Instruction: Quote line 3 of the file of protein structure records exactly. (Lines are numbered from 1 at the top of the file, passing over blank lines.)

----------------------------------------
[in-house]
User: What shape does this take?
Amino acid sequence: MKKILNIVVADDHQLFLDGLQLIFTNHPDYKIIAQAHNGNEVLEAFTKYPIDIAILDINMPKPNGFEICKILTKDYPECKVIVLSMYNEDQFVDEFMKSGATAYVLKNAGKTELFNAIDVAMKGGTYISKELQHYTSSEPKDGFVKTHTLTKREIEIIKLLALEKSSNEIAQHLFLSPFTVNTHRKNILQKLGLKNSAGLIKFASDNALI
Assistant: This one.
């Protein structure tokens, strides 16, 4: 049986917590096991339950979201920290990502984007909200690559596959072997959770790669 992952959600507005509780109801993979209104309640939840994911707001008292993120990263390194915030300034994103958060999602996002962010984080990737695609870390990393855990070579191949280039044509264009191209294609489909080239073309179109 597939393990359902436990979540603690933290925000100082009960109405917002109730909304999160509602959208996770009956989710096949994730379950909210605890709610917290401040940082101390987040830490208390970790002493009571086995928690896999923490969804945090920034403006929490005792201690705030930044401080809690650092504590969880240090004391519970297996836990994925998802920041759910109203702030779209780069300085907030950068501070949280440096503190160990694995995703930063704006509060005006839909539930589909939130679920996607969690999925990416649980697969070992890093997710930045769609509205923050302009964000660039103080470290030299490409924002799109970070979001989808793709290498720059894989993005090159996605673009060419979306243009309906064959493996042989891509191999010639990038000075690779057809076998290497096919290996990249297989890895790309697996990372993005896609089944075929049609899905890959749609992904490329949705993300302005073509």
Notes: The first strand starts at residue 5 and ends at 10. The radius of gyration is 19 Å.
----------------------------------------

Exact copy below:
Amino acid sequence: MKKILNIVVADDHQLFLDGLQLIFTNHPDYKIIAQAHNGNEVLEAFTKYPIDIAILDINMPKPNGFEICKILTKDYPECKVIVLSMYNEDQFVDEFMKSGATAYVLKNAGKTELFNAIDVAMKGGTYISKELQHYTSSEPKDGFVKTHTLTKREIEIIKLLALEKSSNEIAQHLFLSPFTVNTHRKNILQKLGLKNSAGLIKFASDNALI